Tag Archives: short story journal

Bendigo Writers Festival 2018: Let’s Get Curious 10–12 August

Bendigo Writers Festival 2018

It was by accident that I attended the Bendigo Writers Festival last weekend, thanks to someone who was part of the program but couldn’t attend. I was asked to help out and I was happy to because it meant that I would finally commit to going. Each year I have considered going but other events or projects have gotten in the way.

On arriving in the city centre, I remembered how pretty Bendigo is with its stately buildings and gardens. I instantly knew that I was going to enjoy myself.

I’ve been to many writers’ festivals around the country and I consider the ones held in regional areas much better than the big cities. I think this is because the cities are so spoiled for choice when it comes to bookish events and the regional areas appreciate the opportunity much more. This festival was no exception.

Now in its seventh year, it felt like the festival is well established as an annual event to the region and I could feel the excitement and anticipation in the air despite the chilly winter weather on a Friday afternoon when I arrived.

My first panel was about DIY publishing and the room was full of enthusiastic writers. Everyone was engaged and I loved the conversations I had with my sister panelists, Mira Schlosberg and Amy Doak.

After the panel, I was free to enjoy the festival until Sunday when I was to be part of the Share Fair at Trades Hall. It was hard to choose what to see with each timeslot having four or five different events from author talks, to discussion panels and live performances. I decided to see things that were not my usual choices:

  1. Nurturing Yiddish with Bente Kahan and Arnold Zable.
    I cannot speak Yiddish but I found this an interesting discussion from the point of view of a language that needs to be preserved.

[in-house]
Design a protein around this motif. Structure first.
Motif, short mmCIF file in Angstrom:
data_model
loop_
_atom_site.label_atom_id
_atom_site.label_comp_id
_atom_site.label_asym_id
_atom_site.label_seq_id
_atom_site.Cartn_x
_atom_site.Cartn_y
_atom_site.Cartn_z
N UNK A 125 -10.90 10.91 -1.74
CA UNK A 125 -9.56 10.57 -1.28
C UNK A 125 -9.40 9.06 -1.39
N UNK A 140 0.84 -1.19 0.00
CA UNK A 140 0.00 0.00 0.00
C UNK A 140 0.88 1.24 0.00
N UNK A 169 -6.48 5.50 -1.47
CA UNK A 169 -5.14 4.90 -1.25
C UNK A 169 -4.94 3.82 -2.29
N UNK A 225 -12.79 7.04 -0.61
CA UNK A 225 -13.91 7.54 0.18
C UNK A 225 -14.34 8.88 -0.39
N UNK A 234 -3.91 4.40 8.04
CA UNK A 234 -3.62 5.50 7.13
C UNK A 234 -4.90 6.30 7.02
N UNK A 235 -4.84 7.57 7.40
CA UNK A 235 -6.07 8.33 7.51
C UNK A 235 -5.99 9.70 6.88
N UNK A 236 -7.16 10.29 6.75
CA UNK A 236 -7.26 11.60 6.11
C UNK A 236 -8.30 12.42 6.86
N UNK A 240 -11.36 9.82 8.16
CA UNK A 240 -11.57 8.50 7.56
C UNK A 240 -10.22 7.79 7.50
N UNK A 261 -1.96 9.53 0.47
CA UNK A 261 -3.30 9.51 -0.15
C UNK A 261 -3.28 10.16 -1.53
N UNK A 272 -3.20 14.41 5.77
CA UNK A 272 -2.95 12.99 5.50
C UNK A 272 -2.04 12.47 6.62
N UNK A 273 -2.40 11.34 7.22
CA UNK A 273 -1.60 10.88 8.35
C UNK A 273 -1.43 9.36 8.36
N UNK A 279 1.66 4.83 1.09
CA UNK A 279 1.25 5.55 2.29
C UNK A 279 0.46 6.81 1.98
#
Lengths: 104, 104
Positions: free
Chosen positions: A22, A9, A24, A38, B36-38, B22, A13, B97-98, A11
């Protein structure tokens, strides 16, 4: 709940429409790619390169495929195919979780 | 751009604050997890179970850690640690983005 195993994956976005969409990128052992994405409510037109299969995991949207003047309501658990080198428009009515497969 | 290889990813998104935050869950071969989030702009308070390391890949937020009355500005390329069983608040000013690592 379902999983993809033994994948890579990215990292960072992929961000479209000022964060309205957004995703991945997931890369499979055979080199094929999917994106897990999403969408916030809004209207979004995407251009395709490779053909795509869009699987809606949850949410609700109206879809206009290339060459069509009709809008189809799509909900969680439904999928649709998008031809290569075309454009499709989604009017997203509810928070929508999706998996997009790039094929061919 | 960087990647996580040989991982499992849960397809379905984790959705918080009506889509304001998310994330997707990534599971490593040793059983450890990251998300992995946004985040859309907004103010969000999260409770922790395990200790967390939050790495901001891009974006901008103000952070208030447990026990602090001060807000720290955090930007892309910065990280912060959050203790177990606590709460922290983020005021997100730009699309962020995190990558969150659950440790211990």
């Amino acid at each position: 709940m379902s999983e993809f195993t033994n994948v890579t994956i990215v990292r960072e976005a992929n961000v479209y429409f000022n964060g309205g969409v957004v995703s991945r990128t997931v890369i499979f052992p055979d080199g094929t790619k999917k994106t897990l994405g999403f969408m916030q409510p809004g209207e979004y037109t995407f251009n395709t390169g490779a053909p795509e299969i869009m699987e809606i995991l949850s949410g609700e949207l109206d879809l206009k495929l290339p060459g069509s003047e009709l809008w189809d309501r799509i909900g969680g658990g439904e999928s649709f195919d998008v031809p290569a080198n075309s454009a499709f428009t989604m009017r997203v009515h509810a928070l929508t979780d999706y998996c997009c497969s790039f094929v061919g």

2. Opening Gala (Let’s Get Curious) with Benjamin Law, Ann Cleeves, Gareth Evans, Carly Findlay and Jenny Graves.
    An almost full house at Ulumbarra Theatre (the old Bendigo Gaol) with a lively discussion about curiosity. Benjamin Law is a great presenter and handled being heckled for his shoes-with-no-socks fashion very well.
  3. Secrets, Lies and Dark Deeds with Michael Robotham and Cecile Shanahan.
    I’m not a big reader of thrillers but I found Michael very personable and funny and who doesn’t love a good story story about getting the first book deal the way he did? I’m adding his books to my TBR (to be read) pile.
  4. Death, Decay, Disaster with Sarah Kasnostein and Gemma Raynor.
    I can’t remember where I had heard about The Trauma Cleaner but I was curious to know more. And there is so much more to this story. I’m looking forward to reading this book, also now on my TBR pile.
  5. Not Such a Bad Place to Grow Up with Paddy O’Reily, Jay Carmichael, Sofie Laguna and Ellen van Neerven.
    I attended this because of my own love of the bush and because I had noticed that many books are being set in urban landscapes. The Choke was already on my wish list but after this panel, I also got Jay and Ellen’s books. I was particularly impressed with Ellen and have put her book at the top of my pile.
  6. Surviving Words with Bente Kahan. I attended this because again I was curious to see how she was going to present the various artists that she promised. This was a mix of English and Yiddish and I found it very moving and even a little tear inducing, even though I can’t really explain why.

I realise that my descriptions of each event are brief but I could do a full review for each. It’s enough to show that there was great variety and big names attending and that is only a portion of the 100 or so events.

Going to writing festivals is good practice for many reasons. Not only is it fun to immerse yourself in books but it gives you a sense of what is happening in the industry, you learn something from each event in terms of writing practice or the journey of a story. All of this will add to your skills as a writer and as a businessperson because writing is a business. It isn’t enough to just sit and write despite the fact that is what we’d love to do. Yes, you do need to focus and write the book but once that is done you will need to work out how that story gets in front of readers. This is the same whether you are published traditionally or do it yourself. More than anything, attending writing events will give you inspiration because it’s hard not to be buoyed by bookish conversations.